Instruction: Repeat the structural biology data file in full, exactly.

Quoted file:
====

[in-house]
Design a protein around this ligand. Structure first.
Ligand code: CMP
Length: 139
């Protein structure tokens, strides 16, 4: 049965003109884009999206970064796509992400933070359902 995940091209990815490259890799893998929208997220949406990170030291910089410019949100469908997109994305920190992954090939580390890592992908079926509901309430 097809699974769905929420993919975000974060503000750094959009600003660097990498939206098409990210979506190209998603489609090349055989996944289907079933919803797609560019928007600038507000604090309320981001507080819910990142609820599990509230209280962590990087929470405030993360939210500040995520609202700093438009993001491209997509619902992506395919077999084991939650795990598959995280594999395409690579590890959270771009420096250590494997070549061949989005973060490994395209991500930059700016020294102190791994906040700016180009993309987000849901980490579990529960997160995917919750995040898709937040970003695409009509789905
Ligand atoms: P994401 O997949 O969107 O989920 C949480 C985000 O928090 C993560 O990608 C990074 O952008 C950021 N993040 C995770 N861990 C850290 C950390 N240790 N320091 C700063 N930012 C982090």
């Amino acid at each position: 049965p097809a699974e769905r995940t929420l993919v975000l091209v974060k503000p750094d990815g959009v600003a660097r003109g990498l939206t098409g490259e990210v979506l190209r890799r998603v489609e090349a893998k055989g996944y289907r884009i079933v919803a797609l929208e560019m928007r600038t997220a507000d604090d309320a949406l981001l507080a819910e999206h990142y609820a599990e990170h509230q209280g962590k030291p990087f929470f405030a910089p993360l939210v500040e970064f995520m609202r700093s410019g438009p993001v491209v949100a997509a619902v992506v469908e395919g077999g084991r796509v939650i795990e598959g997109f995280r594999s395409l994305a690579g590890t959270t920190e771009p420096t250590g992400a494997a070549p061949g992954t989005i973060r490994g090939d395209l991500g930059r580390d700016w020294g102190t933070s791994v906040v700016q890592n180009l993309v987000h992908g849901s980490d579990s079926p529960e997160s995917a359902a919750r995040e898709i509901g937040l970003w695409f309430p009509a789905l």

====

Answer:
[in-house]
Design a protein around this ligand. Structure first.
Ligand code: CMP
Length: 139
């Protein structure tokens, strides 16, 4: 049965003109884009999206970064796509992400933070359902 995940091209990815490259890799893998929208997220949406990170030291910089410019949100469908997109994305920190992954090939580390890592992908079926509901309430 097809699974769905929420993919975000974060503000750094959009600003660097990498939206098409990210979506190209998603489609090349055989996944289907079933919803797609560019928007600038507000604090309320981001507080819910990142609820599990509230209280962590990087929470405030993360939210500040995520609202700093438009993001491209997509619902992506395919077999084991939650795990598959995280594999395409690579590890959270771009420096250590494997070549061949989005973060490994395209991500930059700016020294102190791994906040700016180009993309987000849901980490579990529960997160995917919750995040898709937040970003695409009509789905
Ligand atoms: P994401 O997949 O969107 O989920 C949480 C985000 O928090 C993560 O990608 C990074 O952008 C950021 N993040 C995770 N861990 C850290 C950390 N240790 N320091 C700063 N930012 C982090």
């Amino acid at each position: 049965p097809a699974e769905r995940t929420l993919v975000l091209v974060k503000p750094d990815g959009v600003a660097r003109g990498l939206t098409g490259e990210v979506l190209r890799r998603v489609e090349a893998k055989g996944y289907r884009i079933v919803a797609l929208e560019m928007r600038t997220a507000d604090d309320a949406l981001l507080a819910e999206h990142y609820a599990e990170h509230q209280g962590k030291p990087f929470f405030a910089p993360l939210v500040e970064f995520m609202r700093s410019g438009p993001v491209v949100a997509a619902v992506v469908e395919g077999g084991r796509v939650i795990e598959g997109f995280r594999s395409l994305a690579g590890t959270t920190e771009p420096t250590g992400a494997a070549p061949g992954t989005i973060r490994g090939d395209l991500g930059r580390d700016w020294g102190t933070s791994v906040v700016q890592n180009l993309v987000h992908g849901s980490d579990s079926p529960e997160s995917a359902a919750r995040e898709i509901g937040l970003w695409f309430p009509a789905l």